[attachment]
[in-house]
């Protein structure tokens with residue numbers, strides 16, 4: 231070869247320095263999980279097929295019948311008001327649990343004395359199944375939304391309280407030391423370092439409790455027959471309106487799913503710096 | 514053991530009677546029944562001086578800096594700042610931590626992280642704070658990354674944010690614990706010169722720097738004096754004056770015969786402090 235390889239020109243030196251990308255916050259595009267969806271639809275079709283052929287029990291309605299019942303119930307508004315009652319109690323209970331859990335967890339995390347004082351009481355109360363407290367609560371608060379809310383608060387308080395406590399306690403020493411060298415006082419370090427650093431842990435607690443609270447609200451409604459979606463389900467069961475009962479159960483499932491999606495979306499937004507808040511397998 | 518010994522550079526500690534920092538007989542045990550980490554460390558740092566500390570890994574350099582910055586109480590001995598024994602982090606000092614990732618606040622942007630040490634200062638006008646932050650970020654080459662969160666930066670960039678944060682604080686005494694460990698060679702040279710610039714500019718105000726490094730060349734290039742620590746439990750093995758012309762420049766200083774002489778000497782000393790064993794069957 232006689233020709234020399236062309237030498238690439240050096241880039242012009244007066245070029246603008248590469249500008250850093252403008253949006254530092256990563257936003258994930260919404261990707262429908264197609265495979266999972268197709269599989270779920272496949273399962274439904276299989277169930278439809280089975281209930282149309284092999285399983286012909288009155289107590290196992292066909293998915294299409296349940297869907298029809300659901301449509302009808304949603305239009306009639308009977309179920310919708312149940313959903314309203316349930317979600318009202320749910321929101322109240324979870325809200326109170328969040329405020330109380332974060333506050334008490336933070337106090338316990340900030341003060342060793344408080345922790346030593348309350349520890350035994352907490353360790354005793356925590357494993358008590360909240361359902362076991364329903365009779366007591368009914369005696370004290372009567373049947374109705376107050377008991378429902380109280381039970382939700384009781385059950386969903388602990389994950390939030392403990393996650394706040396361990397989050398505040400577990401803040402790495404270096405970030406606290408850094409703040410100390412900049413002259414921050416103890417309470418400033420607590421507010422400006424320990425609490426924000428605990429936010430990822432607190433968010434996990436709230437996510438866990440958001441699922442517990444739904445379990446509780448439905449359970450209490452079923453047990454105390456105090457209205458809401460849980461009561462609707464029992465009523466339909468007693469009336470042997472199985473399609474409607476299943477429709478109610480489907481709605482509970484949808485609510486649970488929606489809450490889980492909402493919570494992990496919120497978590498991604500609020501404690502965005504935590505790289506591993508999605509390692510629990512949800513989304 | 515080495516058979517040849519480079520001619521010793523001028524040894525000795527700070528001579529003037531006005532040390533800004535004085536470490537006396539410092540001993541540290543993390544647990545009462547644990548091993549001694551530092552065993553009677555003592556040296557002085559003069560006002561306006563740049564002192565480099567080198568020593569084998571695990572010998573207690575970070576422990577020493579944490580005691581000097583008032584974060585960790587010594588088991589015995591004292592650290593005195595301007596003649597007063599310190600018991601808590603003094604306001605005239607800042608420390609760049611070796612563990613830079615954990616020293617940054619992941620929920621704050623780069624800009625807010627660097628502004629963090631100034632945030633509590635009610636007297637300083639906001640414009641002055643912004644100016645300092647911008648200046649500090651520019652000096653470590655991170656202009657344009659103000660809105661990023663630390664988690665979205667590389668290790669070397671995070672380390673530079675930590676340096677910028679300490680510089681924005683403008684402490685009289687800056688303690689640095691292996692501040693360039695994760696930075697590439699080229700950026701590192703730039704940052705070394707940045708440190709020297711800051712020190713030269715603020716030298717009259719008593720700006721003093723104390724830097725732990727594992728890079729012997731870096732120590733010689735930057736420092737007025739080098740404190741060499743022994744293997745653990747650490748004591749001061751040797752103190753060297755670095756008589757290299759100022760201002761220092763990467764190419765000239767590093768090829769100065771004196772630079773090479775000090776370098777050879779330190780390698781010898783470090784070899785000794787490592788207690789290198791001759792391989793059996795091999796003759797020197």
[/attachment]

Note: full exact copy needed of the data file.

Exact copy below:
[in-house]
């Protein structure tokens with residue numbers, strides 16, 4: 231070869247320095263999980279097929295019948311008001327649990343004395359199944375939304391309280407030391423370092439409790455027959471309106487799913503710096 | 514053991530009677546029944562001086578800096594700042610931590626992280642704070658990354674944010690614990706010169722720097738004096754004056770015969786402090 235390889239020109243030196251990308255916050259595009267969806271639809275079709283052929287029990291309605299019942303119930307508004315009652319109690323209970331859990335967890339995390347004082351009481355109360363407290367609560371608060379809310383608060387308080395406590399306690403020493411060298415006082419370090427650093431842990435607690443609270447609200451409604459979606463389900467069961475009962479159960483499932491999606495979306499937004507808040511397998 | 518010994522550079526500690534920092538007989542045990550980490554460390558740092566500390570890994574350099582910055586109480590001995598024994602982090606000092614990732618606040622942007630040490634200062638006008646932050650970020654080459662969160666930066670960039678944060682604080686005494694460990698060679702040279710610039714500019718105000726490094730060349734290039742620590746439990750093995758012309762420049766200083774002489778000497782000393790064993794069957 232006689233020709234020399236062309237030498238690439240050096241880039242012009244007066245070029246603008248590469249500008250850093252403008253949006254530092256990563257936003258994930260919404261990707262429908264197609265495979266999972268197709269599989270779920272496949273399962274439904276299989277169930278439809280089975281209930282149309284092999285399983286012909288009155289107590290196992292066909293998915294299409296349940297869907298029809300659901301449509302009808304949603305239009306009639308009977309179920310919708312149940313959903314309203316349930317979600318009202320749910321929101322109240324979870325809200326109170328969040329405020330109380332974060333506050334008490336933070337106090338316990340900030341003060342060793344408080345922790346030593348309350349520890350035994352907490353360790354005793356925590357494993358008590360909240361359902362076991364329903365009779366007591368009914369005696370004290372009567373049947374109705376107050377008991378429902380109280381039970382939700384009781385059950386969903388602990389994950390939030392403990393996650394706040396361990397989050398505040400577990401803040402790495404270096405970030406606290408850094409703040410100390412900049413002259414921050416103890417309470418400033420607590421507010422400006424320990425609490426924000428605990429936010430990822432607190433968010434996990436709230437996510438866990440958001441699922442517990444739904445379990446509780448439905449359970450209490452079923453047990454105390456105090457209205458809401460849980461009561462609707464029992465009523466339909468007693469009336470042997472199985473399609474409607476299943477429709478109610480489907481709605482509970484949808485609510486649970488929606489809450490889980492909402493919570494992990496919120497978590498991604500609020501404690502965005504935590505790289506591993508999605509390692510629990512949800513989304 | 515080495516058979517040849519480079520001619521010793523001028524040894525000795527700070528001579529003037531006005532040390533800004535004085536470490537006396539410092540001993541540290543993390544647990545009462547644990548091993549001694551530092552065993553009677555003592556040296557002085559003069560006002561306006563740049564002192565480099567080198568020593569084998571695990572010998573207690575970070576422990577020493579944490580005691581000097583008032584974060585960790587010594588088991589015995591004292592650290593005195595301007596003649597007063599310190600018991601808590603003094604306001605005239607800042608420390609760049611070796612563990613830079615954990616020293617940054619992941620929920621704050623780069624800009625807010627660097628502004629963090631100034632945030633509590635009610636007297637300083639906001640414009641002055643912004644100016645300092647911008648200046649500090651520019652000096653470590655991170656202009657344009659103000660809105661990023663630390664988690665979205667590389668290790669070397671995070672380390673530079675930590676340096677910028679300490680510089681924005683403008684402490685009289687800056688303690689640095691292996692501040693360039695994760696930075697590439699080229700950026701590192703730039704940052705070394707940045708440190709020297711800051712020190713030269715603020716030298717009259719008593720700006721003093723104390724830097725732990727594992728890079729012997731870096732120590733010689735930057736420092737007025739080098740404190741060499743022994744293997745653990747650490748004591749001061751040797752103190753060297755670095756008589757290299759100022760201002761220092763990467764190419765000239767590093768090829769100065771004196772630079773090479775000090776370098777050879779330190780390698781010898783470090784070899785000794787490592788207690789290198791001759792391989793059996795091999796003759797020197």